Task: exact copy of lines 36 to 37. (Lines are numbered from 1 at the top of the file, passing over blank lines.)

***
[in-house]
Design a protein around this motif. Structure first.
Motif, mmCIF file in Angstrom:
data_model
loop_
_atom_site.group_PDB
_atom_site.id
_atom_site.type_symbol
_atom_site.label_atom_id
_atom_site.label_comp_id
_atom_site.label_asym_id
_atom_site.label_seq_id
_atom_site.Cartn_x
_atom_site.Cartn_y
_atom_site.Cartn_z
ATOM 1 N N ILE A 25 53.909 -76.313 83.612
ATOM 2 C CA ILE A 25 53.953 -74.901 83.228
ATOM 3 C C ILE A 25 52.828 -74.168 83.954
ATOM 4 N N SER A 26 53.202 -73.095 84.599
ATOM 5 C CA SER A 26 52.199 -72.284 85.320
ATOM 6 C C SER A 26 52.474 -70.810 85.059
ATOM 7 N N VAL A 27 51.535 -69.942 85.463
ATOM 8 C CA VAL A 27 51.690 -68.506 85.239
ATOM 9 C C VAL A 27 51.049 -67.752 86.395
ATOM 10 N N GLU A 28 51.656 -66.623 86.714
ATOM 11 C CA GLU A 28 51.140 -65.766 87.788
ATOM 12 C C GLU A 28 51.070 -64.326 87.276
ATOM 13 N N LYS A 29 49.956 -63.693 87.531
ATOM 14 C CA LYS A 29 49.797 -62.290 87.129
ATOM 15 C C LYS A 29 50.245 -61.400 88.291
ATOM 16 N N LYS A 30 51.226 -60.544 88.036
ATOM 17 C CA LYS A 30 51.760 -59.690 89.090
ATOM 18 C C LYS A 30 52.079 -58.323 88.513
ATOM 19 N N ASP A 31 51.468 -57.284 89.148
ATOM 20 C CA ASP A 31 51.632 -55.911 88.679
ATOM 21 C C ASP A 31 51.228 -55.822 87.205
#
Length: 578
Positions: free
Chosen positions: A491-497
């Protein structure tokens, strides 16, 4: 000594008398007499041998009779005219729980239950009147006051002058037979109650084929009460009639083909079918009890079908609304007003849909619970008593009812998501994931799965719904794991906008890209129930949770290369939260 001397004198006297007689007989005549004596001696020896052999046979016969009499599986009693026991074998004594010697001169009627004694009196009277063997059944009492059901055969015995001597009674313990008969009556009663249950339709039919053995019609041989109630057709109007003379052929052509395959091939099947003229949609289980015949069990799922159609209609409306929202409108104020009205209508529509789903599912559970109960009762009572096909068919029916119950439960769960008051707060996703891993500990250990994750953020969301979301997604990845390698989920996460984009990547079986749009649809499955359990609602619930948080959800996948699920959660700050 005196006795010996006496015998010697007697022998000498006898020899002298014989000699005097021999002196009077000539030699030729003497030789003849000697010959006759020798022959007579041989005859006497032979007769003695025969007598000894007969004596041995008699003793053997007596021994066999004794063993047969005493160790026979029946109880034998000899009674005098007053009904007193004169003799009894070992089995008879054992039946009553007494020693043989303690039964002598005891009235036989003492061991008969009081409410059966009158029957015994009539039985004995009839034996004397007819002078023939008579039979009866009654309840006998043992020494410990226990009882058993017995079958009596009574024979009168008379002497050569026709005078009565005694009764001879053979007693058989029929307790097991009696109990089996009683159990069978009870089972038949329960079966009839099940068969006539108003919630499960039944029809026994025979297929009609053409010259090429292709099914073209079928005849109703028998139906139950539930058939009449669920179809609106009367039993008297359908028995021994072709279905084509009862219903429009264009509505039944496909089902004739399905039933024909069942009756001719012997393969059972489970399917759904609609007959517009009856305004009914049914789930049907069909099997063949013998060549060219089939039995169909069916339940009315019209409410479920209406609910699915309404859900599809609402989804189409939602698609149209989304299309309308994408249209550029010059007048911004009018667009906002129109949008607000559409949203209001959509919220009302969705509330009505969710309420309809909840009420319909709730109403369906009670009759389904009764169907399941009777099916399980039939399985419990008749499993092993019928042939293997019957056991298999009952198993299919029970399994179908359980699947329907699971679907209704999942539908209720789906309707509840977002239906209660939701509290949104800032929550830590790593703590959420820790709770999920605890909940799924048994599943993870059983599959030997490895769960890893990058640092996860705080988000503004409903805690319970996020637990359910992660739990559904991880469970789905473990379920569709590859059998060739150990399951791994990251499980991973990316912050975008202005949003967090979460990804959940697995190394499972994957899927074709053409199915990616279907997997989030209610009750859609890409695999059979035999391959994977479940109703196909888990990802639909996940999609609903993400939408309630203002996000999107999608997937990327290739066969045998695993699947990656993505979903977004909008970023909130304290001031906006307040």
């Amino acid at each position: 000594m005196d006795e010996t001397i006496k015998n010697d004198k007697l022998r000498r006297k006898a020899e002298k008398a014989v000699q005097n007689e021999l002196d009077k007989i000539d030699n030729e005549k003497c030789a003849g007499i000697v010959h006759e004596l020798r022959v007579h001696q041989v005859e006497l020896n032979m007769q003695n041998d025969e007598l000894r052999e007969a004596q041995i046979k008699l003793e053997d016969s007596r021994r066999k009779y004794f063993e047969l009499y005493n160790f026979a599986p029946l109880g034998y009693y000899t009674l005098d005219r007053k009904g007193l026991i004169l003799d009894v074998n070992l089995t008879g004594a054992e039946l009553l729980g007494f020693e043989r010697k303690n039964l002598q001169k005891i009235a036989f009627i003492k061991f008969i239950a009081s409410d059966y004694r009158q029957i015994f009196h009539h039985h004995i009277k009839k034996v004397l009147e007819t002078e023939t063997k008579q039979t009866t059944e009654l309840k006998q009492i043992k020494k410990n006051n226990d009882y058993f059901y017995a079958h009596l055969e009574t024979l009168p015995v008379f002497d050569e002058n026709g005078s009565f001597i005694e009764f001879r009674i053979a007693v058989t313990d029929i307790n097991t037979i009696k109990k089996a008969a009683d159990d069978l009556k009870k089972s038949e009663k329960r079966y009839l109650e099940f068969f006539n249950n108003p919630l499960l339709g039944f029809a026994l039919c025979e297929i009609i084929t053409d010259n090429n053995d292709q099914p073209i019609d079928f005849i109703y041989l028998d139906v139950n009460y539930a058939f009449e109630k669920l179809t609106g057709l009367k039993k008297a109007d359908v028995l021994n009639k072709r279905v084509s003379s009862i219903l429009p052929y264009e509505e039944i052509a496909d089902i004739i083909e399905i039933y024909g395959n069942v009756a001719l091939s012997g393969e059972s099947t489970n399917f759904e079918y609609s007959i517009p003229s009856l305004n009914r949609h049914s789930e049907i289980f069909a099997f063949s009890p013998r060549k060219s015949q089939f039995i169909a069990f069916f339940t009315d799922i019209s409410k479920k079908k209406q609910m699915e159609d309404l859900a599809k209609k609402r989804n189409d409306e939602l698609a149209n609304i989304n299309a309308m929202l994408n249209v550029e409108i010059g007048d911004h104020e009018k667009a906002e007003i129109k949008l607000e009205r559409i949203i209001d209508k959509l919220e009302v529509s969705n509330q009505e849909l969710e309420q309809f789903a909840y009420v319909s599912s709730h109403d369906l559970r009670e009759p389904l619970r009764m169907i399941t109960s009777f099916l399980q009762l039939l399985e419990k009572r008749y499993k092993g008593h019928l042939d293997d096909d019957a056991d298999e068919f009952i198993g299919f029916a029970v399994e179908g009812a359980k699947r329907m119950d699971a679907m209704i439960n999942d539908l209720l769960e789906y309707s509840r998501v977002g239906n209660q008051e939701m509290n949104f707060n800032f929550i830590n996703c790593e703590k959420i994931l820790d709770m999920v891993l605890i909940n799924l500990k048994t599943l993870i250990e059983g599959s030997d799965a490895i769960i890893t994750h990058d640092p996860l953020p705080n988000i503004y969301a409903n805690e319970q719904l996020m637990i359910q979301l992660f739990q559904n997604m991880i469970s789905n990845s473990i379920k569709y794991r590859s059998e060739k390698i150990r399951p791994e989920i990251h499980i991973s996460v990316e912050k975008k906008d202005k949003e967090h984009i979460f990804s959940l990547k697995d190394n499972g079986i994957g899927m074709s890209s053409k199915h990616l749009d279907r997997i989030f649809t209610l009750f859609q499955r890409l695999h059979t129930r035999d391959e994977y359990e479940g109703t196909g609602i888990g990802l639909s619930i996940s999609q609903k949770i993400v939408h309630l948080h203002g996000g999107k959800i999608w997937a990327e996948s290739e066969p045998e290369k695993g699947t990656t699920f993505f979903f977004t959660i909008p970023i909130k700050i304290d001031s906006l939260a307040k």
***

ATOM 21 C C ASP A 31 51.228 -55.822 87.205
#